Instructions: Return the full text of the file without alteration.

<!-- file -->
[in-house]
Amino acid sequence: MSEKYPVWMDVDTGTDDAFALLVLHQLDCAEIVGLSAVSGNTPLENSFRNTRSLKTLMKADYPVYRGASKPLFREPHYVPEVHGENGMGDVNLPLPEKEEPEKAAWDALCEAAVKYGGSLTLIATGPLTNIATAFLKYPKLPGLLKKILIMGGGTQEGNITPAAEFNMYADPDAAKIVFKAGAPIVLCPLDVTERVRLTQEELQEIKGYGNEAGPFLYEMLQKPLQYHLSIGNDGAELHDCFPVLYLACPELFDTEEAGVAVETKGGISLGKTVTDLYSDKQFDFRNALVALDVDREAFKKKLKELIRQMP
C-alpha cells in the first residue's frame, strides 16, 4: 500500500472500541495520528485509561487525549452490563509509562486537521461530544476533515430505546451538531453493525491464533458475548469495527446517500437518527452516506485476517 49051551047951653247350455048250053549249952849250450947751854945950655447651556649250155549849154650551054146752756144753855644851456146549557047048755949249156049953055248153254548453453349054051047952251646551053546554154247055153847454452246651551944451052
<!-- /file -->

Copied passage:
[in-house]
Amino acid sequence: MSEKYPVWMDVDTGTDDAFALLVLHQLDCAEIVGLSAVSGNTPLENSFRNTRSLKTLMKADYPVYRGASKPLFREPHYVPEVHGENGMGDVNLPLPEKEEPEKAAWDALCEAAVKYGGSLTLIATGPLTNIATAFLKYPKLPGLLKKILIMGGGTQEGNITPAAEFNMYADPDAAKIVFKAGAPIVLCPLDVTERVRLTQEELQEIKGYGNEAGPFLYEMLQKPLQYHLSIGNDGAELHDCFPVLYLACPELFDTEEAGVAVETKGGISLGKTVTDLYSDKQFDFRNALVALDVDREAFKKKLKELIRQMP
C-alpha cells in the first residue's frame, strides 16, 4: 500500500472500541495520528485509561487525549452490563509509562486537521461530544476533515430505546451538531453493525491464533458475548469495527446517500437518527452516506485476517 49051551047951653247350455048250053549249952849250450947751854945950655447651556649250155549849154650551054146752756144753855644851456146549557047048755949249156049953055248153254548453453349054051047952251646551053546554154247055153847454452246651551944451052